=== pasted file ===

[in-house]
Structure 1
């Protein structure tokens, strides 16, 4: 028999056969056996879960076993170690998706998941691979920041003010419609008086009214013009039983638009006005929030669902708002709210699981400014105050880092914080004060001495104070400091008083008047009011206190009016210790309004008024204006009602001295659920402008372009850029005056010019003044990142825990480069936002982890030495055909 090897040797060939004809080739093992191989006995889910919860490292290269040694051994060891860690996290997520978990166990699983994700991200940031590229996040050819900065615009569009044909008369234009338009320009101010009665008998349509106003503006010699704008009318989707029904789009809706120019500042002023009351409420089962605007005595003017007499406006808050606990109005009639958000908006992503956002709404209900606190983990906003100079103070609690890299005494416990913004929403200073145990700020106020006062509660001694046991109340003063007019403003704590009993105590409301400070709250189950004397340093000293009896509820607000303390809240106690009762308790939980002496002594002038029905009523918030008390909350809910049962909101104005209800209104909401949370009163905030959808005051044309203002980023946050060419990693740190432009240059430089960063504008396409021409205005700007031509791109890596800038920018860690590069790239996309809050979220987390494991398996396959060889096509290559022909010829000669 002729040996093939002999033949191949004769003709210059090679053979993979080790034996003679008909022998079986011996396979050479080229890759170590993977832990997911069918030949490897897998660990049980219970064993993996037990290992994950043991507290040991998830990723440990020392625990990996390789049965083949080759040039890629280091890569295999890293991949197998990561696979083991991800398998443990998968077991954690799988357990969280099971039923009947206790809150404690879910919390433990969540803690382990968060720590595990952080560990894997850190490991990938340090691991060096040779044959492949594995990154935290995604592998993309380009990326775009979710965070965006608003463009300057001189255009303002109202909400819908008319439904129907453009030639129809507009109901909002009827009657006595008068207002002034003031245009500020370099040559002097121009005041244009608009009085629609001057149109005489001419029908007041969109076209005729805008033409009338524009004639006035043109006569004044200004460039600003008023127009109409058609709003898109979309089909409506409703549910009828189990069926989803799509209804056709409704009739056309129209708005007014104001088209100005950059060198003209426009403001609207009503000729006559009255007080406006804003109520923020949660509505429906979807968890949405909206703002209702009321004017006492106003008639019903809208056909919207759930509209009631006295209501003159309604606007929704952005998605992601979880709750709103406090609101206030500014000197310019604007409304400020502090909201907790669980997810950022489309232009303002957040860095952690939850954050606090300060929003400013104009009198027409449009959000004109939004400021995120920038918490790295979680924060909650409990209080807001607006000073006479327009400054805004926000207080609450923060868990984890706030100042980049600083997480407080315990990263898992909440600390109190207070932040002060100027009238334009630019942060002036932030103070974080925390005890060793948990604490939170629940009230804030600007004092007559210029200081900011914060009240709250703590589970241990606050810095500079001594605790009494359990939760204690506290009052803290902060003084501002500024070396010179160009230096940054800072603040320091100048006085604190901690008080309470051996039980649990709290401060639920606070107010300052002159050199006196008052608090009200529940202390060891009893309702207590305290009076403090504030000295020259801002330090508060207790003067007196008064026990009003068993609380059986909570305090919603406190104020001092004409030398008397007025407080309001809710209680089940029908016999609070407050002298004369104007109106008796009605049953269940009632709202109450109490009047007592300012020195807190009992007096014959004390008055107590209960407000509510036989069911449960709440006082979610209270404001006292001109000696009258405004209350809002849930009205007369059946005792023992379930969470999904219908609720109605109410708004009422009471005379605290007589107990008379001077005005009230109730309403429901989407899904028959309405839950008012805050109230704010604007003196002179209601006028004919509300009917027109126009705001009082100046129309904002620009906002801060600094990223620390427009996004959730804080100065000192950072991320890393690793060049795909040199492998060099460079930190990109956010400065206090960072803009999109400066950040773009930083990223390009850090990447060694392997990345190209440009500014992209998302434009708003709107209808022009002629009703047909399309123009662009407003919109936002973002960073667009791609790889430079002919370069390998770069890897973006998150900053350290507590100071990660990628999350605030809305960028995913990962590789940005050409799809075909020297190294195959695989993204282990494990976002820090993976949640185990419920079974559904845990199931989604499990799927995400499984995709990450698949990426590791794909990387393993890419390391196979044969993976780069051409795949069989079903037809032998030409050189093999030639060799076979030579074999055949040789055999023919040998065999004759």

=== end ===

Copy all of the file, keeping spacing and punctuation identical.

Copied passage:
[in-house]
Structure 1
């Protein structure tokens, strides 16, 4: 028999056969056996879960076993170690998706998941691979920041003010419609008086009214013009039983638009006005929030669902708002709210699981400014105050880092914080004060001495104070400091008083008047009011206190009016210790309004008024204006009602001295659920402008372009850029005056010019003044990142825990480069936002982890030495055909 090897040797060939004809080739093992191989006995889910919860490292290269040694051994060891860690996290997520978990166990699983994700991200940031590229996040050819900065615009569009044909008369234009338009320009101010009665008998349509106003503006010699704008009318989707029904789009809706120019500042002023009351409420089962605007005595003017007499406006808050606990109005009639958000908006992503956002709404209900606190983990906003100079103070609690890299005494416990913004929403200073145990700020106020006062509660001694046991109340003063007019403003704590009993105590409301400070709250189950004397340093000293009896509820607000303390809240106690009762308790939980002496002594002038029905009523918030008390909350809910049962909101104005209800209104909401949370009163905030959808005051044309203002980023946050060419990693740190432009240059430089960063504008396409021409205005700007031509791109890596800038920018860690590069790239996309809050979220987390494991398996396959060889096509290559022909010829000669 002729040996093939002999033949191949004769003709210059090679053979993979080790034996003679008909022998079986011996396979050479080229890759170590993977832990997911069918030949490897897998660990049980219970064993993996037990290992994950043991507290040991998830990723440990020392625990990996390789049965083949080759040039890629280091890569295999890293991949197998990561696979083991991800398998443990998968077991954690799988357990969280099971039923009947206790809150404690879910919390433990969540803690382990968060720590595990952080560990894997850190490991990938340090691991060096040779044959492949594995990154935290995604592998993309380009990326775009979710965070965006608003463009300057001189255009303002109202909400819908008319439904129907453009030639129809507009109901909002009827009657006595008068207002002034003031245009500020370099040559002097121009005041244009608009009085629609001057149109005489001419029908007041969109076209005729805008033409009338524009004639006035043109006569004044200004460039600003008023127009109409058609709003898109979309089909409506409703549910009828189990069926989803799509209804056709409704009739056309129209708005007014104001088209100005950059060198003209426009403001609207009503000729006559009255007080406006804003109520923020949660509505429906979807968890949405909206703002209702009321004017006492106003008639019903809208056909919207759930509209009631006295209501003159309604606007929704952005998605992601979880709750709103406090609101206030500014000197310019604007409304400020502090909201907790669980997810950022489309232009303002957040860095952690939850954050606090300060929003400013104009009198027409449009959000004109939004400021995120920038918490790295979680924060909650409990209080807001607006000073006479327009400054805004926000207080609450923060868990984890706030100042980049600083997480407080315990990263898992909440600390109190207070932040002060100027009238334009630019942060002036932030103070974080925390005890060793948990604490939170629940009230804030600007004092007559210029200081900011914060009240709250703590589970241990606050810095500079001594605790009494359990939760204690506290009052803290902060003084501002500024070396010179160009230096940054800072603040320091100048006085604190901690008080309470051996039980649990709290401060639920606070107010300052002159050199006196008052608090009200529940202390060891009893309702207590305290009076403090504030000295020259801002330090508060207790003067007196008064026990009003068993609380059986909570305090919603406190104020001092004409030398008397007025407080309001809710209680089940029908016999609070407050002298004369104007109106008796009605049953269940009632709202109450109490009047007592300012020195807190009992007096014959004390008055107590209960407000509510036989069911449960709440006082979610209270404001006292001109000696009258405004209350809002849930009205007369059946005792023992379930969470999904219908609720109605109410708004009422009471005379605290007589107990008379001077005005009230109730309403429901989407899904028959309405839950008012805050109230704010604007003196002179209601006028004919509300009917027109126009705001009082100046129309904002620009906002801060600094990223620390427009996004959730804080100065000192950072991320890393690793060049795909040199492998060099460079930190990109956010400065206090960072803009999109400066950040773009930083990223390009850090990447060694392997990345190209440009500014992209998302434009708003709107209808022009002629009703047909399309123009662009407003919109936002973002960073667009791609790889430079002919370069390998770069890897973006998150900053350290507590100071990660990628999350605030809305960028995913990962590789940005050409799809075909020297190294195959695989993204282990494990976002820090993976949640185990419920079974559904845990199931989604499990799927995400499984995709990450698949990426590791794909990387393993890419390391196979044969993976780069051409795949069989079903037809032998030409050189093999030639060799076979030579074999055949040789055999023919040998065999004759």